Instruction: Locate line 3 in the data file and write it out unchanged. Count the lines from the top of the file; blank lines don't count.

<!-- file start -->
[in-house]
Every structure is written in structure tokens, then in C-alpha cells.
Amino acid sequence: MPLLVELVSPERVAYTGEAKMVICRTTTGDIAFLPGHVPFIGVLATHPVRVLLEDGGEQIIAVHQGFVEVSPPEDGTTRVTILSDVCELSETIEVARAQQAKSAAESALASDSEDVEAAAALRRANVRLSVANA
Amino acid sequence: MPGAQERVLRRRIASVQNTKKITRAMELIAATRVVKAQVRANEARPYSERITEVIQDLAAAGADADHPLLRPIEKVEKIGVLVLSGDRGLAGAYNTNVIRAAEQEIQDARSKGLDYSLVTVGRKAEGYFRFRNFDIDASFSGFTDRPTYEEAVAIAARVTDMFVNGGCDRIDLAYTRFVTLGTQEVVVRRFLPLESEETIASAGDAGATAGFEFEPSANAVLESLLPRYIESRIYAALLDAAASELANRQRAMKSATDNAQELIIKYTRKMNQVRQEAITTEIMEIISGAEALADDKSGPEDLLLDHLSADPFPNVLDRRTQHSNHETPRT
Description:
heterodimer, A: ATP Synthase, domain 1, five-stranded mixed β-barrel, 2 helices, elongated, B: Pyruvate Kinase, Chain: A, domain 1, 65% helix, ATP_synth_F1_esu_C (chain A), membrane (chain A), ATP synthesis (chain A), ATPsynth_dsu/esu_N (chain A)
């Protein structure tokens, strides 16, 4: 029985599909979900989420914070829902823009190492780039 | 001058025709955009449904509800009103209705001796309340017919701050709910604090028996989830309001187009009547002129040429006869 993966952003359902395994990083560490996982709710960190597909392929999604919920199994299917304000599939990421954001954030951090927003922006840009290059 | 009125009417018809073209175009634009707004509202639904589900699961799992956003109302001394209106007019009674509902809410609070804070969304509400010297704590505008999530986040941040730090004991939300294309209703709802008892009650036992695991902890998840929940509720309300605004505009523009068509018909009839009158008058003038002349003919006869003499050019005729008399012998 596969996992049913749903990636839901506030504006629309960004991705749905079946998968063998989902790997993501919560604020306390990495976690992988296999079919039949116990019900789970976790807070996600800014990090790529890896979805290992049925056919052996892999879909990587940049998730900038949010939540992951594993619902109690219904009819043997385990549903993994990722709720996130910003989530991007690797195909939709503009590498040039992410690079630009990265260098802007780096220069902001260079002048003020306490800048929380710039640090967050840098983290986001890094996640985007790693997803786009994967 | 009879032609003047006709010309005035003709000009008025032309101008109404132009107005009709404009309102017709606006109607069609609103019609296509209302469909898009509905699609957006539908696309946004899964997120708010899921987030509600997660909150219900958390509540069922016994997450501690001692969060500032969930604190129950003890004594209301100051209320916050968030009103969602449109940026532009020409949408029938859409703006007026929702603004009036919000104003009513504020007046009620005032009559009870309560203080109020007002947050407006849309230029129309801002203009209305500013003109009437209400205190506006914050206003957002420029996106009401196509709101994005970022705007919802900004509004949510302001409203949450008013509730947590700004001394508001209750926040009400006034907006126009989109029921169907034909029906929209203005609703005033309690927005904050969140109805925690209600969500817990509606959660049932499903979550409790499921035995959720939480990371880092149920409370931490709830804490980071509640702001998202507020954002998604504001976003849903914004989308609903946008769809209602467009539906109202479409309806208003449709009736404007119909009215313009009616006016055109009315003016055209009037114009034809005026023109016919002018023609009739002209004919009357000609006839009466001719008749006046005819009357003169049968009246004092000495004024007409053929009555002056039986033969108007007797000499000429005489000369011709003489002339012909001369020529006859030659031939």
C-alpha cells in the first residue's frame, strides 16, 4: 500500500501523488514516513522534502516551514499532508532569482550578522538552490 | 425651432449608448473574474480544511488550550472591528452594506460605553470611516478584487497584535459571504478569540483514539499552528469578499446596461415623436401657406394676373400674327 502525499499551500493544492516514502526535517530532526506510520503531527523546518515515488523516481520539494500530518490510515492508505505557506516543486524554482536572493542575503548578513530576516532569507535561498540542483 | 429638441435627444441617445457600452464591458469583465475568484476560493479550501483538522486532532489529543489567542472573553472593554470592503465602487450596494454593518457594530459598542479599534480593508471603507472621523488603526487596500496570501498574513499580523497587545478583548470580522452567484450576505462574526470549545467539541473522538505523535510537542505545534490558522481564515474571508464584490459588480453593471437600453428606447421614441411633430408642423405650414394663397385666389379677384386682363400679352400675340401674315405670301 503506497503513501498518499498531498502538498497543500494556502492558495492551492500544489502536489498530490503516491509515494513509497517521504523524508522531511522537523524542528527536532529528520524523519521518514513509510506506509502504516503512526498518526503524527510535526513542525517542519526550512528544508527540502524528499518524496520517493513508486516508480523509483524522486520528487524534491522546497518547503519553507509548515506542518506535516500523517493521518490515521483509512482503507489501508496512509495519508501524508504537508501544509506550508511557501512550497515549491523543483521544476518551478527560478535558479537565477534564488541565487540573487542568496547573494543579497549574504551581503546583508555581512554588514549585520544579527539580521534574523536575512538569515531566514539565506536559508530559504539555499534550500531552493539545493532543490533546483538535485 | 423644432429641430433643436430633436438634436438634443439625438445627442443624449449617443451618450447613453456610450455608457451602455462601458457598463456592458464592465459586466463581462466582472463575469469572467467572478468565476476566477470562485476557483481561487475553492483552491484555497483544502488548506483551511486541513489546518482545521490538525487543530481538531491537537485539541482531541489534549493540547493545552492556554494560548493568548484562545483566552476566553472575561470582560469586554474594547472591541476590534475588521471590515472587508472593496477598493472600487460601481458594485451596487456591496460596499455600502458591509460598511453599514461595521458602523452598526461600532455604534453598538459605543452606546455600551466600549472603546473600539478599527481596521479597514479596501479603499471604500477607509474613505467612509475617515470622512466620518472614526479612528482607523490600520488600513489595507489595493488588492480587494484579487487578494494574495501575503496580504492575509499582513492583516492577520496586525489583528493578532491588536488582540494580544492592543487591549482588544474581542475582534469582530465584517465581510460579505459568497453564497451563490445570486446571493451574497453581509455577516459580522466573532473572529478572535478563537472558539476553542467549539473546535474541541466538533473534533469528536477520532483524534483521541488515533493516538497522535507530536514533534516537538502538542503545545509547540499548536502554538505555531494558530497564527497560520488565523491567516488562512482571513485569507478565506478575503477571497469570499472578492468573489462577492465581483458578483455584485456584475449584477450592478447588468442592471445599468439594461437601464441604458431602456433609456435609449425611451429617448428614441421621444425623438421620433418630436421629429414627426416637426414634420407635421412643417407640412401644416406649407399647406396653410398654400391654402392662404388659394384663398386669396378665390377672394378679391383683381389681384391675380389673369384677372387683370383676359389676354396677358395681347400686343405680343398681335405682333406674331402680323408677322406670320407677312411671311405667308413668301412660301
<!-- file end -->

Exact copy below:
Amino acid sequence: MPLLVELVSPERVAYTGEAKMVICRTTTGDIAFLPGHVPFIGVLATHPVRVLLEDGGEQIIAVHQGFVEVSPPEDGTTRVTILSDVCELSETIEVARAQQAKSAAESALASDSEDVEAAAALRRANVRLSVANA